Int J Sports Med 2007; 28(9): 792-797
DOI: 10.1055/s-2007-964895

© Georg Thieme Verlag KG Stuttgart · New York

Echinacea Purpurea and Mucosal Immunity

H. Hall1 , M. M. Fahlman2 , H. J. Engels2
  • 1Department of Kinesiology, Elmhurst College, Elmhurst, United States
  • 2Division of Kinesiology, Health and Sport Studies, Wayne State University, Detroit, United States
Further Information

Publication History

accepted after revision July 19, 2006

Publication Date:
13 April 2007 (online)


This investigation examined the effects of Echinacea purpurea on mucosal immunity and the incidence and duration of upper respiratory tract infection (URTI). 32 subjects completed an exercise protocol known to affect mucosal immunity. Saliva was collected prior to and five minutes after completion of exercise testing. Subjects then took either a placebo (C) or Echinacea supplement (E) for 4 weeks and the testing procedure was repeated. Each time, s-IgA concentrations and saliva flow rate were measured and the secretion rate of s-IgA was calculated. In addition, standard logs indicating symptoms of URTI were completed throughout the study. Both groups demonstrated significant exercise induced reductions in s-IgA (C - 69 %; E - 43 %) and the secretion rate of s-IgA (C - 79 %; E - 53 %) at the beginning of the study (p < 0.05). Following the 4-week intervention, only the control group experienced the post intervention decrease in s-IgA (C - 45 %; E + 7 %) and the secretion rate of s-IgA (C - 45 %; E - 7 %). Further, while there was no significant difference in the number of URTI between groups, the reported duration was significantly different (C 8.6 days vs. E 3.4 days). The results suggest that Echinacea may attenuate the mucosal immune suppression known to occur with intense exercise and reduce the duration of URTI that subjects incur.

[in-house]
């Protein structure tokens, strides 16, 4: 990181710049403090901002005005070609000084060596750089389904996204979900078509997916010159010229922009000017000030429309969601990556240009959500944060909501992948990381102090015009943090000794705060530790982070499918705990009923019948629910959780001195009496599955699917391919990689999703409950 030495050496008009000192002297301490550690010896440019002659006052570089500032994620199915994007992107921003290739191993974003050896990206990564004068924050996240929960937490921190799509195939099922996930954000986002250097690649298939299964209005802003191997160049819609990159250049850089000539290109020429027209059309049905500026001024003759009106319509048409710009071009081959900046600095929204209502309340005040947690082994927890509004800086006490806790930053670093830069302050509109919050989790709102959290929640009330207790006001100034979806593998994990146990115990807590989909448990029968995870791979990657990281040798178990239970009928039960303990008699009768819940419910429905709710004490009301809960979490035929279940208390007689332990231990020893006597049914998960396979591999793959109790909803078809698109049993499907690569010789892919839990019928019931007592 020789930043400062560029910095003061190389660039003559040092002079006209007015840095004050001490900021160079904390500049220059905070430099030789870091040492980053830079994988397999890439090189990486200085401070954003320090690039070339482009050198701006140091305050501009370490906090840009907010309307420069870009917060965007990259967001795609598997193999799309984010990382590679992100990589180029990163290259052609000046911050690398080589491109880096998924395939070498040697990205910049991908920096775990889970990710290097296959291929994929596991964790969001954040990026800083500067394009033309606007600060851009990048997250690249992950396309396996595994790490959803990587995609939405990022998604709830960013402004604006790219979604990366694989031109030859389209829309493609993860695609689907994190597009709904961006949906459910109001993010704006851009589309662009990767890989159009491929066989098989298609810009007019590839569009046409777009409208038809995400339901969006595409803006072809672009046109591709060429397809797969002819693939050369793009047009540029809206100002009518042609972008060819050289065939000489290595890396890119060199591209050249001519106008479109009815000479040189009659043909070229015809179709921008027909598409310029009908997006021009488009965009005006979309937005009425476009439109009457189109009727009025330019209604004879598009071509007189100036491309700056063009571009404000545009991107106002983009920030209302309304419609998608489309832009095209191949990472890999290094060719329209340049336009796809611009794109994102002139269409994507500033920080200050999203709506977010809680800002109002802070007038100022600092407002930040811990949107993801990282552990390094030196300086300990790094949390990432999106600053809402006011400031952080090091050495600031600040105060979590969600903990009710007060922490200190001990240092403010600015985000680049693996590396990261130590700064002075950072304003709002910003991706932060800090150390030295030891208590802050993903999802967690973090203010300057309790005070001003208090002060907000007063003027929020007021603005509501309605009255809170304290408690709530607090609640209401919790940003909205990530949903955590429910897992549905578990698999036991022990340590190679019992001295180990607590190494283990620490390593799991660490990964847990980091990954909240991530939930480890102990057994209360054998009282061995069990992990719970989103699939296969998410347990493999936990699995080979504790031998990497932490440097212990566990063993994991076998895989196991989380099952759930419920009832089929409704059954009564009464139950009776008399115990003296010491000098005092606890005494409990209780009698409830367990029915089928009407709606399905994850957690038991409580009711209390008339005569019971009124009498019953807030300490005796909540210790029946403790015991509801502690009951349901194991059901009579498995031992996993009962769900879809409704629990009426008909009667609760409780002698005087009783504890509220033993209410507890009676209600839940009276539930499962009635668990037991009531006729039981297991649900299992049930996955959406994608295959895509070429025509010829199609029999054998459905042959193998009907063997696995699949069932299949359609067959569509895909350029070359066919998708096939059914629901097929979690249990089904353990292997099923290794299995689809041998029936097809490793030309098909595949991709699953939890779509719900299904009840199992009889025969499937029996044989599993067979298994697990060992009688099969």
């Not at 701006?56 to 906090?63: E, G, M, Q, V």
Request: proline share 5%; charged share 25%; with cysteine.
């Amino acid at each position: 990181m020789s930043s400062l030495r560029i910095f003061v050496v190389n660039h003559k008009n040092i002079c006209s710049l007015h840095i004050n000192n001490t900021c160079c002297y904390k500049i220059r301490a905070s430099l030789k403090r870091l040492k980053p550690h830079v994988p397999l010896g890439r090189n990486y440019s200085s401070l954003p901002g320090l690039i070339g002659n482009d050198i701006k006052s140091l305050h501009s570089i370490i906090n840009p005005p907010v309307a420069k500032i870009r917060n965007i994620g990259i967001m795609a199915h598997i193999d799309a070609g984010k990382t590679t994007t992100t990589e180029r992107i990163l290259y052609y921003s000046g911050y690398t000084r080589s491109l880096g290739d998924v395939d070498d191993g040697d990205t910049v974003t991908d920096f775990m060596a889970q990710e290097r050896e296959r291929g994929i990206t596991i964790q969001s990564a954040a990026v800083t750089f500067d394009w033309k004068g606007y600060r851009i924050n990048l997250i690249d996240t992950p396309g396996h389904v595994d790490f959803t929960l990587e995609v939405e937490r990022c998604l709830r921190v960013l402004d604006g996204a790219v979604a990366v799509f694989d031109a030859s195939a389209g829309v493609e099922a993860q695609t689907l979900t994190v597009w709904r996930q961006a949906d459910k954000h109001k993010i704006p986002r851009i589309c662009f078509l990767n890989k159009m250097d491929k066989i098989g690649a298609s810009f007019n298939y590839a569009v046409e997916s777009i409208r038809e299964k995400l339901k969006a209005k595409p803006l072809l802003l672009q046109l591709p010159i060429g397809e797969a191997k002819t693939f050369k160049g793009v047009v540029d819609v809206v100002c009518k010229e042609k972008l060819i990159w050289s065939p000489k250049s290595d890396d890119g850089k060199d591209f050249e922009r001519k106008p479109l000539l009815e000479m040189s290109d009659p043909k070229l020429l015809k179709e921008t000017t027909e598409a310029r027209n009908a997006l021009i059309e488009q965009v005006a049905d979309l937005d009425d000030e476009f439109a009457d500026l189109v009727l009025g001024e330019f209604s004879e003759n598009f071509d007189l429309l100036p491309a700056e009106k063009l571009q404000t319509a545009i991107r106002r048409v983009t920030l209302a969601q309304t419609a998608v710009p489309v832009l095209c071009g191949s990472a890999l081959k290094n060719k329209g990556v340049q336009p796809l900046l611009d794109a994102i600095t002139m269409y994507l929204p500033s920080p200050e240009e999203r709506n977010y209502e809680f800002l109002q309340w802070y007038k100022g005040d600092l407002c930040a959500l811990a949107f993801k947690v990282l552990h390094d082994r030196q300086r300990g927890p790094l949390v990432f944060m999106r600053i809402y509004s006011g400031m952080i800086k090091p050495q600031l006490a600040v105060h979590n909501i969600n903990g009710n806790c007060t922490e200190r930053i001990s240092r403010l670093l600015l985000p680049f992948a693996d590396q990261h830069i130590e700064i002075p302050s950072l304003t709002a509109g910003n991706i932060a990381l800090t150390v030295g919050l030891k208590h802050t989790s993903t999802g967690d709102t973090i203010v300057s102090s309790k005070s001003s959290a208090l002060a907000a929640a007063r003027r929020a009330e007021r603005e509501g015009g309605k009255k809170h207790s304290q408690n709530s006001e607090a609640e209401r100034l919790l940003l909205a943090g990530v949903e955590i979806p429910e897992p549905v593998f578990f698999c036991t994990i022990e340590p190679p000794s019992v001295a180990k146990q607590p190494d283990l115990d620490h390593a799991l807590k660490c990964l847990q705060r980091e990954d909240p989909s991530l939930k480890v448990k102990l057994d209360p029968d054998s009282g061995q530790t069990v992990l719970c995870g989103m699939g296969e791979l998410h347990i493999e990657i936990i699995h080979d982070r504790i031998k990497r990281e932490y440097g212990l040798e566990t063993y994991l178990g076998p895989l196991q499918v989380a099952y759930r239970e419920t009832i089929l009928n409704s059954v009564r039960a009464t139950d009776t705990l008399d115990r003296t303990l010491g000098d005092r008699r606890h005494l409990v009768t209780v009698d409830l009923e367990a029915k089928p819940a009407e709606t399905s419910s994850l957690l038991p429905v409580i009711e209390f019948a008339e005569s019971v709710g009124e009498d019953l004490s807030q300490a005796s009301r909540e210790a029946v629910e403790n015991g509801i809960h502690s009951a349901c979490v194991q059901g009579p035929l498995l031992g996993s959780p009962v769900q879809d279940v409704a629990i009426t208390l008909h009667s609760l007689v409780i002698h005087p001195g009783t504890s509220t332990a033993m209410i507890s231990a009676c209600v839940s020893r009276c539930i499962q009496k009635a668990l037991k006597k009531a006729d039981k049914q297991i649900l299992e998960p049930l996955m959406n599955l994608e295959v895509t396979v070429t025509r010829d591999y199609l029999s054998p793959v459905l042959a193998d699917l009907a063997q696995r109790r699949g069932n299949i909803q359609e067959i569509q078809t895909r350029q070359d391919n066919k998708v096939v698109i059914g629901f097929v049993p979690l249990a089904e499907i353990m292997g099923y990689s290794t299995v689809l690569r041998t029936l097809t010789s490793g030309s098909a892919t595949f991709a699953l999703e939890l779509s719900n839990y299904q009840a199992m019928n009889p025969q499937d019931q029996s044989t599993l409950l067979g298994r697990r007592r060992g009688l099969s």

Dr. Heather Hall

Department of Kinesiology
Elmhurst College

190 S. Prospect Ave.

Box 112

60126 Elmhurst

United States

Phone: + 63 06 17 31 48

Fax: + 63 06 17 36 23